Sermon by Haydon Wilcox 29.05.2022

Sermon by Haydon Wilcox

29.05.2022

 

In John’s Gospel we have this intimate record of Jesus’ prayer before he is arrested in the garden of Gethsemane.  The gospel reading, we have heard this morning is just part of that prayer he offered in the presence of his disciples.  In the first part of the full prayer, he prayed for himself as the cross faced him.  In the second part of the prayer, he prayed for his disciples. Now in the third part of the prayer we heard read this morning he considers the future, praying for those who will enter the Christian Faith.

 

Jesus knew that his disciples would abandon him.  He knew they didn’t really understand what his purpose was and though they had heard him preach and witnessed his miracles it didn’t all make sense, because only he could do that, as they were just his followers.  However, Jesus has more faith in them, than they have in themselves, for he is confident that they will spread his name and message throughout the world.  They are Jesus’ hope.

 

The simplest thing Jesus prayed for was unity and oneness between his followers – not an ecclesiastical unity but a unity of personal relationship. Because they would love Him, so they would love one another.

 

At the heart of our membership in Christ it’s disunity that grieves the most.   Yes, we might worship differently, hold truth in various forms, interpret belief in different ways and come from culturally different backgrounds but to personally love each other – amid all these differences is what we are called to.  Why?  Because the greatest witness to those who do not and will not believe is to witness the followers of Christ divided and hating each other.  Unity in love will be the thing that will convince the world of the truth of Christianity.

 

When we think of the early church that gathered in prayer, shared their possessions, worshipped together, supported each other, and suffered together we know this was far greater witness to non-believers as teaching.  The world is so divided, to find a community, like the Church, united in their diversity, is amazing.

 

It is so easy to fall into the way of the world being critical, condemning, judgemental, grumbling, focusing on differences, being intolerant and dividing into factions.  The world lives that way all the time, but we have something unique to celebrate and a saviour who calls us to be united.

 

A woman was walking across a bridge one day and she saw a man standing on a ledge, about to jump off.  So, she ran over and said, "Stop! Don't do it!" "Why shouldn't I?" he said. 

"Well, there's so much to live for." "Like what?" "Well, are you religious?" He said yes. I said, "Me too! Are you Christian or Buddhist?" "Christian." "Me too! Are you Catholic or Protestant?" 

"Protestant." "Me too! Are you Episcopalian or Baptist?" 

"Baptist." Wow, me too! Are you Baptist Church of God or are you Reformed Baptist Church of God?" 

"Reformed Baptist Church of God." "Me too!  Are you Reformed Baptist Church of God, Reformation of 1789 or Reformed Baptist Church of God, 1915" 

He said, "Reformed Baptist Church of God, Reformation of 1915." She said, "You’re a heretic!!" And she pushed him off the bridge.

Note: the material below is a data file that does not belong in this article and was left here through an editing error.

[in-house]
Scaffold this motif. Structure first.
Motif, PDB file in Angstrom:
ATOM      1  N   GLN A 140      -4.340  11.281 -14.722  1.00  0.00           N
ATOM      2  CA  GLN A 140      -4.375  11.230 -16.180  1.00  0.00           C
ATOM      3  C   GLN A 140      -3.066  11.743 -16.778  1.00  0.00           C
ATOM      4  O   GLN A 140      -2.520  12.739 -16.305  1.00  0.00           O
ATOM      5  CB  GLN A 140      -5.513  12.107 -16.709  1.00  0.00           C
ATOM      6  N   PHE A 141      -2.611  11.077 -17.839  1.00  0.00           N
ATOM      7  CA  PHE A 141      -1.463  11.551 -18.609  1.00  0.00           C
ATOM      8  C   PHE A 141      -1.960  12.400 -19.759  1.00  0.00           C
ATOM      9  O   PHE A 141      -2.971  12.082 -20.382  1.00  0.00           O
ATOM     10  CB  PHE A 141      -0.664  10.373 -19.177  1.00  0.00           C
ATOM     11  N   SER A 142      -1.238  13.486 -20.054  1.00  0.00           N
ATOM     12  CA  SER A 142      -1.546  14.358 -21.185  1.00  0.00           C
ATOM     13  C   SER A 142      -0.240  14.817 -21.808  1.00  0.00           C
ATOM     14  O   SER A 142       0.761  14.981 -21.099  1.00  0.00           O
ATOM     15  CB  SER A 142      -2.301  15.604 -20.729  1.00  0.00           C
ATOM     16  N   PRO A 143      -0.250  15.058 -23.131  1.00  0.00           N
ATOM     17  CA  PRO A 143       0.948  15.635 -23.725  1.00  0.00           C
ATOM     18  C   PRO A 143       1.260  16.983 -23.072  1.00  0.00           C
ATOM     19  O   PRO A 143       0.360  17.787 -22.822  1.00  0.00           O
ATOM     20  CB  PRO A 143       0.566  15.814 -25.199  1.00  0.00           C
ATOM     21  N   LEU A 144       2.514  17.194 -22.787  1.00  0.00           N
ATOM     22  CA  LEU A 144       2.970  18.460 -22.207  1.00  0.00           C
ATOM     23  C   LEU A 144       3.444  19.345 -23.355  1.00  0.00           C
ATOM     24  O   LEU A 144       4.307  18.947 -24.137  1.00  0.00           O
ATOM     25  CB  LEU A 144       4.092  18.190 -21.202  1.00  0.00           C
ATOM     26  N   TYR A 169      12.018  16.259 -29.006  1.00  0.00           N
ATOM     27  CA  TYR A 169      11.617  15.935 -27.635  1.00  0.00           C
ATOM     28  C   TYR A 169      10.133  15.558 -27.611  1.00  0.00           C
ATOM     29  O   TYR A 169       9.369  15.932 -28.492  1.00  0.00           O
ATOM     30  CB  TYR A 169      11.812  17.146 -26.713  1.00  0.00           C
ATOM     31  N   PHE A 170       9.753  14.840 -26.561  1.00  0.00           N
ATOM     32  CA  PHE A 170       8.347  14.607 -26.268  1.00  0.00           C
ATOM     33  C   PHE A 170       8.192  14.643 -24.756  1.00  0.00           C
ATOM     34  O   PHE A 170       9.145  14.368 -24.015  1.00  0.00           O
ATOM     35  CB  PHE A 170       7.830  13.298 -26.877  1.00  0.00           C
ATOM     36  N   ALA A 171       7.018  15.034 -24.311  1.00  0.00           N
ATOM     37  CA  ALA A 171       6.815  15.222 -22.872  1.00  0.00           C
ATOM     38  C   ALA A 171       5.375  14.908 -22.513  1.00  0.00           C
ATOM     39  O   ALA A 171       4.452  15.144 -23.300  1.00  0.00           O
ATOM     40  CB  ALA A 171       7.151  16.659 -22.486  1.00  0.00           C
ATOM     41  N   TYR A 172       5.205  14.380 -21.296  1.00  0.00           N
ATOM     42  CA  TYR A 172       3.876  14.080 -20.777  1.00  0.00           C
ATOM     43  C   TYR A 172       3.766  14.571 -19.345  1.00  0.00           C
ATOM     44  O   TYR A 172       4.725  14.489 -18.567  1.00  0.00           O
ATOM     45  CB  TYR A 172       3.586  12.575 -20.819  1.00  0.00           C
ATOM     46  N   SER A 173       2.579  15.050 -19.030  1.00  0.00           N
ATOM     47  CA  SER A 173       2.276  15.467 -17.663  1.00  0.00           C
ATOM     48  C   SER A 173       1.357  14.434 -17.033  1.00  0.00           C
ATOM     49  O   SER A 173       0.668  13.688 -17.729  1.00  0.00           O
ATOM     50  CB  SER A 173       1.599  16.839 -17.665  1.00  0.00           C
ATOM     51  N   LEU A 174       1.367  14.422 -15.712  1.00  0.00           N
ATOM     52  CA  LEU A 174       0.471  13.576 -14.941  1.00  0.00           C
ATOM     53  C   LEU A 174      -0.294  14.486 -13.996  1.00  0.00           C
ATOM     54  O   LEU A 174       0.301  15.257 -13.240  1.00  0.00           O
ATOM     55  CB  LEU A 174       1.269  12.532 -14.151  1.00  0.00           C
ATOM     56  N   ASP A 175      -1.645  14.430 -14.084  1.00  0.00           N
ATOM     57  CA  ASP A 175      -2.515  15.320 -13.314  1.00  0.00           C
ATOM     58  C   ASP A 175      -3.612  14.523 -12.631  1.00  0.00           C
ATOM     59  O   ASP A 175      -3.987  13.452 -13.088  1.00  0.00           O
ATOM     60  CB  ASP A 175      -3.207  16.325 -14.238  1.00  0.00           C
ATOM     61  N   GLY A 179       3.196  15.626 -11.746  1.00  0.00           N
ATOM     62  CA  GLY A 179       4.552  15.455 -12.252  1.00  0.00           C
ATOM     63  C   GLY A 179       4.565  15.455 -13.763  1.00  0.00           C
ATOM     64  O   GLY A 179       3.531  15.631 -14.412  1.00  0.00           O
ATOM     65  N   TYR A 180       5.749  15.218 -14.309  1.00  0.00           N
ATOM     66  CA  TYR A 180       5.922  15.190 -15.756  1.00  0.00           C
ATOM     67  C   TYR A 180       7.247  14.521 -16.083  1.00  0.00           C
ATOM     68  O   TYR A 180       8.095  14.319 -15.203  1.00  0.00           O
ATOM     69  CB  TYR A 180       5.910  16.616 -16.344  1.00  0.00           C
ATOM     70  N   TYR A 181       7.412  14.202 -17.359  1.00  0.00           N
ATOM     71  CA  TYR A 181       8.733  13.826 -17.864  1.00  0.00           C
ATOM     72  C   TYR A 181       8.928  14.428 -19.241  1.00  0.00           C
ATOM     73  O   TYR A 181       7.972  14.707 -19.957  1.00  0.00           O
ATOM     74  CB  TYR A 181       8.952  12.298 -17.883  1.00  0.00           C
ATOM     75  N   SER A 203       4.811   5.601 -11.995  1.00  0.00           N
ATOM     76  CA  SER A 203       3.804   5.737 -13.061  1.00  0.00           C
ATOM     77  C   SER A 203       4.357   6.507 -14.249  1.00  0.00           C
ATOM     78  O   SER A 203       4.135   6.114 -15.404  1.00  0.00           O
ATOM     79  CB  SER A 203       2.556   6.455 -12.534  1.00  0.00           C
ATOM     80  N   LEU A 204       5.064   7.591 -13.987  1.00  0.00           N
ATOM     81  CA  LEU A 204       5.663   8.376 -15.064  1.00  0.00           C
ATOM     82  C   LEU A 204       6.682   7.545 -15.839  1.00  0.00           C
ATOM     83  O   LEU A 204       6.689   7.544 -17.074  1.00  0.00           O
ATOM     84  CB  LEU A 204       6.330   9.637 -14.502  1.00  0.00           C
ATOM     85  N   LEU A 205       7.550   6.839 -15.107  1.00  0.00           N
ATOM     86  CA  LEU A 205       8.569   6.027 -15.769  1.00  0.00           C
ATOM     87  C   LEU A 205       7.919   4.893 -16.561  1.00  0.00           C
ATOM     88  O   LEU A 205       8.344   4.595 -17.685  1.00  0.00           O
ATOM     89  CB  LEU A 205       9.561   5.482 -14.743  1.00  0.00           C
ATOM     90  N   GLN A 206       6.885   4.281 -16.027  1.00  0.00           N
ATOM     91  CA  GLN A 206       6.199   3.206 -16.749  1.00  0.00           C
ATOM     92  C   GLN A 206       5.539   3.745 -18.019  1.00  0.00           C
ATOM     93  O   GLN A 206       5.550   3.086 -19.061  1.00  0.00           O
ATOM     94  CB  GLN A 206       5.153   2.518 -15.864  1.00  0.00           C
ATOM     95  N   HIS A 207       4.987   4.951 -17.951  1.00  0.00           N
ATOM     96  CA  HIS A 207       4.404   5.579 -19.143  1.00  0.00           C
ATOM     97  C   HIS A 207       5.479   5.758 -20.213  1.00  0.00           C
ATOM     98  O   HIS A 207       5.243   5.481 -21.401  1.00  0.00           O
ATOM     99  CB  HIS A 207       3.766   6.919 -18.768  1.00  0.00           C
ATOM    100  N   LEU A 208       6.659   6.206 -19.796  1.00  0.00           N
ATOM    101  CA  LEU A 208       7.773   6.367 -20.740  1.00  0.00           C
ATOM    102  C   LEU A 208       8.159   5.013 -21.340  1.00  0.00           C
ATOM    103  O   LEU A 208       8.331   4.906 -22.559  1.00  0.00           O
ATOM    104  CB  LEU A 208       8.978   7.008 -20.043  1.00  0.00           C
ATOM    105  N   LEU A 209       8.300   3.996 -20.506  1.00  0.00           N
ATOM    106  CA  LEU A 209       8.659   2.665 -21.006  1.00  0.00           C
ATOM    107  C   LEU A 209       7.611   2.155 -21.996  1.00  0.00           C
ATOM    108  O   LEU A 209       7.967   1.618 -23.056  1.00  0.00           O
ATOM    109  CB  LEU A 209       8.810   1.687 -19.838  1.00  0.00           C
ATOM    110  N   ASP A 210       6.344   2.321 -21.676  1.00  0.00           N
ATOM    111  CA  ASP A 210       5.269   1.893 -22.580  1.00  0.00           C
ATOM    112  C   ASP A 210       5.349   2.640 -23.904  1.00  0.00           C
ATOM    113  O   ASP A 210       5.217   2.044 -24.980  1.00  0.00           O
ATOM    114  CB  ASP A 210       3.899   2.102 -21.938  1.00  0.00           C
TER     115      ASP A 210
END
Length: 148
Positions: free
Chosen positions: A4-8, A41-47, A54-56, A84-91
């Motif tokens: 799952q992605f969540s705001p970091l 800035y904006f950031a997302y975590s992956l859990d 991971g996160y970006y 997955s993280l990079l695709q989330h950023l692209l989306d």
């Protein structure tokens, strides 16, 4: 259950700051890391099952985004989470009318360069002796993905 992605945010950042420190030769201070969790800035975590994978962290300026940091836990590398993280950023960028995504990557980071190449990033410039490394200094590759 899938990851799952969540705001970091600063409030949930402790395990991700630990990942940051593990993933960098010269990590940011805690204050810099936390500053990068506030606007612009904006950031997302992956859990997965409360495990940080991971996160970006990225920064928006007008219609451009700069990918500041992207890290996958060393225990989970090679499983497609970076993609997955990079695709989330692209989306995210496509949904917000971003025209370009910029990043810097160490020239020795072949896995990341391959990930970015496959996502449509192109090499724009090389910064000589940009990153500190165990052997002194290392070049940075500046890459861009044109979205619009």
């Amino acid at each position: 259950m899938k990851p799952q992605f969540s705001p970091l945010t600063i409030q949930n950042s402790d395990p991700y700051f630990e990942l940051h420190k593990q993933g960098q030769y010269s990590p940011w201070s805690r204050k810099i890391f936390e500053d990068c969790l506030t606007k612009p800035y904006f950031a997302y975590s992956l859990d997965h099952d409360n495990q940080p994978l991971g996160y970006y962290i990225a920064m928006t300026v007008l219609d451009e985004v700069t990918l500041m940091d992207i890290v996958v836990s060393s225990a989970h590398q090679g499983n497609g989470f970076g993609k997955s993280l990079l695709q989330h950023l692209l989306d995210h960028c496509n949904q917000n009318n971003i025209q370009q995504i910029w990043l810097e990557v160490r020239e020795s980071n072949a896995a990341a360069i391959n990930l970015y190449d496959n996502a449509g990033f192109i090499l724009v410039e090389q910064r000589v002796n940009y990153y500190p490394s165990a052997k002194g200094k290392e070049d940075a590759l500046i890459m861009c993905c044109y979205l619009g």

That’s why reconciliation is so important as it is the process that enacts the desire of Jesus to be one.  Jesus feels totally one with his Heavenly Father and today’s Gospel reading explains how.  Jesus speaks of the cross as His glory.  He didn’t speak of being crucified but of being glorified.  The harder a task once given to a knight the greater the honour. The harder the task we give to a student, or a surgeon or a craftsman – the greater the honour.  Being a Christian is hard but to try and live a life of unity glorifies God and is an honour to do. 

 

Jesus’s obedience to the will of God was also an action of glory, for obedience honours God.  The greatest glory of life is to be obedient in living Christ’s life. The other thing was that when Jesus performed miracles, showed compassion, spoke forgiveness he glorified God.  Our glory is when others see in us the reflection of God, that in our actions and works of faith, Jesus is proclaimed.

 

There is nothing worse than disunity in the church or when a person or persons glorify themselves, as they competitively take power to dominate others.  In unity and obedient service, we reveal Jesus as the Lord of our lives.

 

I ran this week a retreat for 18 people from various churches – we had an amazing spiritual experience.  However, in the last session I asked people that before they left,

if they felt they had offended someone to apologise now, in the group, to each other.  I then asked if anyone felt offended by anyone, to state it now, before we separated to return home.  It was and is an amazing experience when the desire for unity is greater than disunity.  To hear people get out into the open, the issues that bring about division and hurt.

 

At St. Mark’s your welcome, hospitality, generosity, and acceptance is wonderful.  Your sincerity of worship and desire to help others is also applaudable.  Keep united though.  Admit your differences. Talk about them.  Explain why you hold such differences.  Respect one another. But above all remain united for through our unity in diversity we witness to the world that Christ is greater than all the things corrupt this world and that our desire is to become one with God, as we remain one with each other in Christ.